Louisiana Offshore Oil Port (LOOP, Inc.)
Grand Isle, LA, U.S.

LOOP Deepwater Oil Terminal

Fluor was responsible for the engineering and construction management of the first U.S. deepwater oil terminal and one of the largest offshore structures in the Gulf of Mexico, located 20 miles off Grand Isle, Louisiana. Fluor designed the LOOP facilities to offload as much as 100,000 barrels per hour and handle tankers of up to 700,000 dead-weight tonnage capacity. The facilities were able to off-load oil at an average daily rate of 1,400,000 barrels per day.

When the oil reaches land, a pipeline will carry it to the underground salt domes. The oil will be stored at the Clovelly Salt Dome Storage Terminal in Lafourche Parish, and distributed to refineries in the Midwest and along the Gulf Coast.

Client's Challenge

​The significant investment is a joint arrangement of the Shell, Texaco, Marathon, Murphy and Ashland oil companies operating under the entity Louisiana Offshore Oil Port (LOOP, Inc.). The purpose of the deep-water "Superport" is to provide transportation cost savings as well as reduce the probability of accidents in transporting and unloading oil. A smaller number of larger tankers eliminates many of the bottlenecks and risks of berthing and discharging tankers in traditional ports and reduces port traffic.

The LOOP project was subject to rigorous scrutiny by the State of Louisiana and the U.S. Department of Interior for environmental and permitting reviews.

Fluor's Solution

LOOP contracted Fluor to provide preliminary design, detailed engineering, engineering, engineering management, inspection and expediting, limited procurement, and construction management for America's first deepwater port. Fluor was responsible for the marine portion of the project with an installed value exceeding $150 million.​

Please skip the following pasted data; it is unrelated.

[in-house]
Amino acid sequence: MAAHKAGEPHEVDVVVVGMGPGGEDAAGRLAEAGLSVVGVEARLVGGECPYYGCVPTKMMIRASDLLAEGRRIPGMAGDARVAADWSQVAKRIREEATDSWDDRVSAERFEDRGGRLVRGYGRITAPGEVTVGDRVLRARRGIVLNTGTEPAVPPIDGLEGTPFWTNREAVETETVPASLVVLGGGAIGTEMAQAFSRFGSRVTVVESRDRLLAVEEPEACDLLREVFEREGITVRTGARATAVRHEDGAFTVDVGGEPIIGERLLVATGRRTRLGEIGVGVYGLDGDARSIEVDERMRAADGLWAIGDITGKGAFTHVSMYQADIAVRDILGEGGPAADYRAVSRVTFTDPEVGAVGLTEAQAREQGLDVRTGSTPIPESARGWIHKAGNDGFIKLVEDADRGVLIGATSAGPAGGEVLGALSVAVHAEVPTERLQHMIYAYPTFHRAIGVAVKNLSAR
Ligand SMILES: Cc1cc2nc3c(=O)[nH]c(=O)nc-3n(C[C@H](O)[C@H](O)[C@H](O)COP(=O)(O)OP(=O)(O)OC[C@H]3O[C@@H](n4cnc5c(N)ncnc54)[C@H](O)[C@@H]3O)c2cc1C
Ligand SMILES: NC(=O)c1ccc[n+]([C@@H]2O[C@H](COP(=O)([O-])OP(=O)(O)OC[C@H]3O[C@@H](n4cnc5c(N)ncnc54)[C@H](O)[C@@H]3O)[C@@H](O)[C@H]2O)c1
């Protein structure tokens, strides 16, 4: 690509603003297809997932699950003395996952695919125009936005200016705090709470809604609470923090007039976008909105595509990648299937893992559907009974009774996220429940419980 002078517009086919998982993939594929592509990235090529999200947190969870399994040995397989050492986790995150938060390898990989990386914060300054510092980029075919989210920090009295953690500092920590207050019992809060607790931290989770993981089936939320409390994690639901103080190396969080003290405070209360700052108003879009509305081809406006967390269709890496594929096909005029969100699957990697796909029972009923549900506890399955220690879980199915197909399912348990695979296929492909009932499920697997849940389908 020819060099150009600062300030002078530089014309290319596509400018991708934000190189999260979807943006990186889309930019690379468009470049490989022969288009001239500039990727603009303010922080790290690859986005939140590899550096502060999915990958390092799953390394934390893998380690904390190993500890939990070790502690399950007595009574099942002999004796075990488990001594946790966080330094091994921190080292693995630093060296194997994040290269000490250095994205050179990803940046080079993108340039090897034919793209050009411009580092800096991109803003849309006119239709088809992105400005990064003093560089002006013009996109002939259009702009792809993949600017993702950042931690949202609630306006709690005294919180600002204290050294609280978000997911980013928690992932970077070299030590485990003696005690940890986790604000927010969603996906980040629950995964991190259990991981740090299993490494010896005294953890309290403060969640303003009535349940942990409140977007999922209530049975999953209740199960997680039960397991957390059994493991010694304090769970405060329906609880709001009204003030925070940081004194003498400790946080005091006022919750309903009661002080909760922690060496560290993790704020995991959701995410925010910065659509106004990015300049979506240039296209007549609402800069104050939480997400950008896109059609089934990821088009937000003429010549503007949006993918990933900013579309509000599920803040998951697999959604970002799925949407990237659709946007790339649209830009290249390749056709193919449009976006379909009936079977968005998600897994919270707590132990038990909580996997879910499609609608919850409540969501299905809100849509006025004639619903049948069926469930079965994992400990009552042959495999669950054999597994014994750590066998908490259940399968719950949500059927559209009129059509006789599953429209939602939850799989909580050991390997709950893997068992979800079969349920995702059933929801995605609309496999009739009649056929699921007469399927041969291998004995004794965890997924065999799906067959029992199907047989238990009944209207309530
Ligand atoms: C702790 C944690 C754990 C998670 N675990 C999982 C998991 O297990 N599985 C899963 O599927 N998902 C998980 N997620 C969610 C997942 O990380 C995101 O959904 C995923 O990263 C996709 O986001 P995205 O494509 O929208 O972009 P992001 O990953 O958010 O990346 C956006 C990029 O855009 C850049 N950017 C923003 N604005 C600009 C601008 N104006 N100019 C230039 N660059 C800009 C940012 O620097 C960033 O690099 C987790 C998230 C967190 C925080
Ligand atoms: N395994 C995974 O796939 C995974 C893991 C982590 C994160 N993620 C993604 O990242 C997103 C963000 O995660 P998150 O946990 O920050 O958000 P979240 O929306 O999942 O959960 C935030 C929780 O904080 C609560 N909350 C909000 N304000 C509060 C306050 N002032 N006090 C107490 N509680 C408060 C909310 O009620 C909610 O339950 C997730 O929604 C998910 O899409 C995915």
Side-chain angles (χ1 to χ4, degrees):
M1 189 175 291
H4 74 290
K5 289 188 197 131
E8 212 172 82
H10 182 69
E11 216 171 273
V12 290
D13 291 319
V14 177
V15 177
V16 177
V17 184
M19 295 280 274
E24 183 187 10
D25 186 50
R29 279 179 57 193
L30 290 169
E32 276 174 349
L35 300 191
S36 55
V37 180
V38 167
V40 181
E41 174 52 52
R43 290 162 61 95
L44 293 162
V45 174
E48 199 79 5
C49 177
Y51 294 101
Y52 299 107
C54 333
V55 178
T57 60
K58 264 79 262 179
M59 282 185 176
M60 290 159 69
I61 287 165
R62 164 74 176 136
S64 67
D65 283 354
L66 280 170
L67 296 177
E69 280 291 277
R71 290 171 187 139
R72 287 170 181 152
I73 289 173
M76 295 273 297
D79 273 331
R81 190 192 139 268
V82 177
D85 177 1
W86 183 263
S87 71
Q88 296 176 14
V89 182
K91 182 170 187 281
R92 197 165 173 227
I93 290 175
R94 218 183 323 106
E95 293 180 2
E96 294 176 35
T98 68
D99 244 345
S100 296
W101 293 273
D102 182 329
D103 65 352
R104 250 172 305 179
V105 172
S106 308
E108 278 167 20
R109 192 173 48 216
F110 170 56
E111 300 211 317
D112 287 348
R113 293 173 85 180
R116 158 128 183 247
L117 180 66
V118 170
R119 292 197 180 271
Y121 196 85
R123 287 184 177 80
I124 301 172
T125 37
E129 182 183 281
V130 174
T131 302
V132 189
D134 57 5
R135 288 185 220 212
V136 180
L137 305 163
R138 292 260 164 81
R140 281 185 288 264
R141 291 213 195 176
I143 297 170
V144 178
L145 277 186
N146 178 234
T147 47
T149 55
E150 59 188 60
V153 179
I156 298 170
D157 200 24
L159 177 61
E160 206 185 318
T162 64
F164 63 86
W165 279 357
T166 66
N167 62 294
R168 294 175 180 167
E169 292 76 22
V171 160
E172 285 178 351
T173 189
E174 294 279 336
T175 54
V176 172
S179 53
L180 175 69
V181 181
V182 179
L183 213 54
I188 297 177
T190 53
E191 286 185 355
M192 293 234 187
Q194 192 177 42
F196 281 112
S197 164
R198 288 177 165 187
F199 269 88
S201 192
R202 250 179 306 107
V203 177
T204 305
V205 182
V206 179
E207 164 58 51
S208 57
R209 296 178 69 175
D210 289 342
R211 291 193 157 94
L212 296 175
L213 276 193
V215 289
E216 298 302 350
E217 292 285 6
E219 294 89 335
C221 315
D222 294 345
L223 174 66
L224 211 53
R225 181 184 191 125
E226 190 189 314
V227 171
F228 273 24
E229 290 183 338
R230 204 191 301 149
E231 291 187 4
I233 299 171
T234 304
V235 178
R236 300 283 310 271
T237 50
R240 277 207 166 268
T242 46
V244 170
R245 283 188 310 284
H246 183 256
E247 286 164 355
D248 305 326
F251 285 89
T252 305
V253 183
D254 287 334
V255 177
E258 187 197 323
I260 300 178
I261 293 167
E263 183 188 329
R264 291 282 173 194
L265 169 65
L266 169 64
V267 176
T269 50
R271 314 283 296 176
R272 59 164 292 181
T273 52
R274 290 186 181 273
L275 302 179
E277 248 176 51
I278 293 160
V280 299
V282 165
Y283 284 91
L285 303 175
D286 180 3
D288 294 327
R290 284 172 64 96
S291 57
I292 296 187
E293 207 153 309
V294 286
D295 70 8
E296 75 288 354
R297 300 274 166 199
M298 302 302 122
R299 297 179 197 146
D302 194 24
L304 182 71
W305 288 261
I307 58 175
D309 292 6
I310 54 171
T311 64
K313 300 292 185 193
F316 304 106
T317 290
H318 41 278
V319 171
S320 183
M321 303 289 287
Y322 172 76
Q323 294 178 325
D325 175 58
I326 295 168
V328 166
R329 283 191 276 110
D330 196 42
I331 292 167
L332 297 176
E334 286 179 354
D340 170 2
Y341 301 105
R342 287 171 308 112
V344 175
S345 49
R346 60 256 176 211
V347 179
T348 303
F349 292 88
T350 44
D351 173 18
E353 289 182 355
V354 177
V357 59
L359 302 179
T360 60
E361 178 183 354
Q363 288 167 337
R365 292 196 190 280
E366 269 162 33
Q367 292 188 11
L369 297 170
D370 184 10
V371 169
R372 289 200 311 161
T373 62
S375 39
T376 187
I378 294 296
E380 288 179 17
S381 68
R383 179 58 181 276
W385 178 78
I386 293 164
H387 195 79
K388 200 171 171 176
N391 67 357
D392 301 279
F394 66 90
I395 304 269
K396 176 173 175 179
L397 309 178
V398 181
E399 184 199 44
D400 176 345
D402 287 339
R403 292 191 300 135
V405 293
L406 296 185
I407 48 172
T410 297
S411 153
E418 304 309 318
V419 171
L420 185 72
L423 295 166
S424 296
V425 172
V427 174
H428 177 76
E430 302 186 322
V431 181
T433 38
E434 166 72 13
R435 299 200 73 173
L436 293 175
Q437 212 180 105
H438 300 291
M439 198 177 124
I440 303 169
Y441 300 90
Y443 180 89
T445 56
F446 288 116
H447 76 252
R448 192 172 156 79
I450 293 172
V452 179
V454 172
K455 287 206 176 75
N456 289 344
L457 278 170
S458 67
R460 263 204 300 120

The port consisted of three single-point mooring buoys, each taller than a four-story building; a 16-pile pumping platform with metering system; a four-pile controls and crew quarters platform; one 48-inch diameter, 19-mile submarine pipeline and three 56-inch diameter, 8,000-foot-long submarine pipelines.

A ship tied into one of the three buoys by the buoy line, allowing the ship to swing around the buoy in a 360-degree arc. By facing into the wind, the tanker could offload safely in seas up to 15 feet. Two 1,050-foot flexible, floating 24-inch diameter hoses hooked up to the cargo manifold, and pumps transferred the product. The oil then moved to the pumping platform.

From the platform, crude was boosted to shore by three 7,000-horse power electric motor-driven pumps. A 48-inch diameter submarine pipeline connected LOOP's onshore system with the pumping platform.


Th​e LOOP Superport terminal was completed in 1980 on schedule and budget.​